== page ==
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Bonus: Panel Discussion

Marketing vs Sales

Panel Discussion
Questions Answered In This Episode:

What does the phrase “marketing is the new sales” mean?

Marketing and Sales both play important roles within a company. Traditionally, Marketing helps get potential customers interested in products and services, while Sales turns those leads into paying customers.

However, the line between Marketing and Sales is beginning to blur.

Thanks to digital marketing channels, many prospects are making buying decisions without talking to Sales. Marketing channels are now sales channels. Marketers impact sales numbers like never before, inspiring the phrase “marketing is the new sales.”

Is Marketing replacing Sales?

Different customers buy in different ways.

Digital channels allow marketing to influence prospects and convert them into buyers without a human touchpoint with Sales. However, some prospects still value a Sales relationship.

Marketing is not replacing Sales. It provides opportunities to grow your business by connecting with people who want a digital buying experience.

How can marketers improve a digital buying experience?

Content. No matter where they are in the buyer journey, B2B prospects are looking for information. Whether it’s delivered through video, whitepapers, articles or infographics, content provides the answers prospects need to narrow choices and make a purchase decision.

But don’t forget emotion. Decisions aren’t based purely on logic. Use content to connect with prospects on a human level. It’s about likeability … people want to do business with people they like.

Full Episode Transcripts

Cheryl Boehm: Hello, and welcome to Office Hours. This is our regular gathering, where we get together a panel of marketers to talk about some of the trends that we’re seeing or different hot topics that are impacting the marketing industry.

Cheryl Boehm: So, joining me today from the Tenlo team, which I want to call out is now part of Mod Up. So I should say the Mod Up team, is Tessa Burg and Jen Plona. And we also have a very special guest today, this is a client of ours, and we’re excited to have her and that’s Linda Owens from Nestle Professional. So welcome everyone.

Linda Owens: Thanks, Cheryl.

Tessa Burg: Hello.

Jen Plona: Thanks, Cheryl.

Cheryl Boehm: So, the topic that we’re discussing today is, is marketing the new sales. And Tessa talked about this a little bit on a recent episode of the Leader Generation podcast. And we had such a high interest in this topic that we wanted to give it a little more love and talk about it just a little bit more. So Tessa, can you just give us a short overview of what marketing is the new sales means?

Tessa Burg: Yes. So actually this topic was inspired by Linda herself, she said it during a presentation we were giving and it really was with me because when the pandemic started and as we were working through the different challenges, I’ve definitely felt it, I feel like Linda and her team and a lot of our other clients felt this, this increased pressure that marketing had to start delivering real customers and delivering them more efficiently.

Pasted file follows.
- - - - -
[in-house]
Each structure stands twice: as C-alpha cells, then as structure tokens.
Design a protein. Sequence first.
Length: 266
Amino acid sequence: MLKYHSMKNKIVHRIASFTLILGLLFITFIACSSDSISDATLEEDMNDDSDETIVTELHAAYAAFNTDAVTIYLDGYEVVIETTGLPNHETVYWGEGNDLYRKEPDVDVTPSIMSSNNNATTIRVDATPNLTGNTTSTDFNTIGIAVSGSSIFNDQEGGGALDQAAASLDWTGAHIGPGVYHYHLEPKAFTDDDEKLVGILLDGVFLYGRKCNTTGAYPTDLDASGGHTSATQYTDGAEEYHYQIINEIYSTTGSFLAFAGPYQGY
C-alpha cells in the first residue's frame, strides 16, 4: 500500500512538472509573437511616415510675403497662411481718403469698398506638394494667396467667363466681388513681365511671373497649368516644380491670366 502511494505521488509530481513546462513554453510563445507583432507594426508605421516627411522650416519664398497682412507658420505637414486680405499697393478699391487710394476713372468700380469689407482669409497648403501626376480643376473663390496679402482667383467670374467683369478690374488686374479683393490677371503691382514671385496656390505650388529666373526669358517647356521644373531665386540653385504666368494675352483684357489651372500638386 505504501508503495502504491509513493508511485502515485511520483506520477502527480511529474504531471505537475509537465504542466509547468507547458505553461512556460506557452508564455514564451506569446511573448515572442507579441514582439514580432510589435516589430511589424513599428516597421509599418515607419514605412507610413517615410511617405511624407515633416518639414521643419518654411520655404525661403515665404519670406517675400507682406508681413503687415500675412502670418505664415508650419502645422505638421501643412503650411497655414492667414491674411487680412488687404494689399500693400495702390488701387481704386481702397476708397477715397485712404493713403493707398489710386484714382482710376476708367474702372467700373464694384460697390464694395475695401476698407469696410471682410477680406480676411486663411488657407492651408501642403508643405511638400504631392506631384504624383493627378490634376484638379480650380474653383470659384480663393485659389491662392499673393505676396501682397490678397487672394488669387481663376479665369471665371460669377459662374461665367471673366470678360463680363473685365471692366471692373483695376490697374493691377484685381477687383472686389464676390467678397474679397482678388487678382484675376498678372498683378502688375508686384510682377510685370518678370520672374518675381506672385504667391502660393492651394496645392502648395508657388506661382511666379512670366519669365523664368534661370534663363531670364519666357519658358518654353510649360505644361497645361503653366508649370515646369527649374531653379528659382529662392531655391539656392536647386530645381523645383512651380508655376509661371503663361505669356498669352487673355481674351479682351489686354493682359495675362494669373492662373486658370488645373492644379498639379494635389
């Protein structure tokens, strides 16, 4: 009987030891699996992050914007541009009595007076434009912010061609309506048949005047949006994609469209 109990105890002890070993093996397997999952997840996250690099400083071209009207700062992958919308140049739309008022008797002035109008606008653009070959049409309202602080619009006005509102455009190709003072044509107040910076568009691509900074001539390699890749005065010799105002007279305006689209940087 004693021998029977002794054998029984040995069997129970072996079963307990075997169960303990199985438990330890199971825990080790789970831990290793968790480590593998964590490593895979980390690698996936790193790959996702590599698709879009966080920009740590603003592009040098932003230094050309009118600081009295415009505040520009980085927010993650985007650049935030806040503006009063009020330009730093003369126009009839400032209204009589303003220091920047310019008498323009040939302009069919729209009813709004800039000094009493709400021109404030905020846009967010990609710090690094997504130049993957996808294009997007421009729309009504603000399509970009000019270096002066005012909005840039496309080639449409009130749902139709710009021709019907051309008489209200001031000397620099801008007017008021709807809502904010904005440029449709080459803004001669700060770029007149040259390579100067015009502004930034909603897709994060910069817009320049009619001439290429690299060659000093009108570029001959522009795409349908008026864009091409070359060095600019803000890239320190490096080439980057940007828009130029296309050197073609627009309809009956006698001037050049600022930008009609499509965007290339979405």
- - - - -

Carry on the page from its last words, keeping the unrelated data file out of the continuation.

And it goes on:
Tessa Burg: So, our sales team were grounded. You know, they couldn’t rely on the same type of in person relationship building that they had been doing. And we had to get creative really quick on how do we become more efficient in creating those relationships virtually and what tools in the toolbox are best for doing that?

Tessa Burg: So, that’s where the topic came from. And now that we are two and a half some years into this journey, you know, we have a lot of learnings and it hasn’t slowed down, the pressure on marketing, the requirement to target the right people and target ready to buy buyers right now still exists.

Cheryl Boehm: So, Linda, since you are the inspiration behind this topic, when did you start seeing some of those lines between marketing and sales blur? And are you still seeing that today?

Linda Owens: Yeah, I think we are always, every single one of us, no matter what company we work for, we are always supporting sales in some form of manner, right?

Linda Owens: So, it’s always a priority for us is that we are impacting in different ways that sales number. I do think there is more of an opportunity now for us to make an even more significant impact because our digital channels have kind of blurred a lot more into sales channels, right? A lot of times we see that people are making a lot of buying decisions without really talking to someone else. You know, they may just research and quickly hit by. You’re seeing things like Instagram stores popping up. We have sales happening on the TikToks of the world, in social media, but also in just any type of website these days, or even on apps.

Linda Owens: So, there’s sales opportunities that is happening today that has nothing to do with talking to a salesperson, but it’s still sales. It’s still an end-to-end sales methodology but it’s more so in the digital space or in the online space.

Linda Owens: So, one thing that has happened for me when viewing the industries right now is that COVID expedited this a little bit more to make this much more prevalent, much more important for many companies across multiple industries. And that’s what I’m seeing at the moment. And that’s what inspired marketing is the new sales.

Cheryl Boehm: That’s really interesting. And Jen, I’d love to get your or perspective because you work with a lot of different clients and you hear a lot of their challenges that they’re facing. Is this something that a lot of different clients are coming to you with concerns about or trying to figure out how to really seamlessly blend those lines?

Jen Plona: Yeah, absolutely. So when we think about how best to engage a potential prospect and thinking about that full sales funnel, we wanna make sure that we’re thinking about it from top to bottom, right? And so everyone’s at a different stage in their buyer journey, whether they think they have a problem, they know they have a problem and they know exactly what that problem is, or they just need a solution for that problem.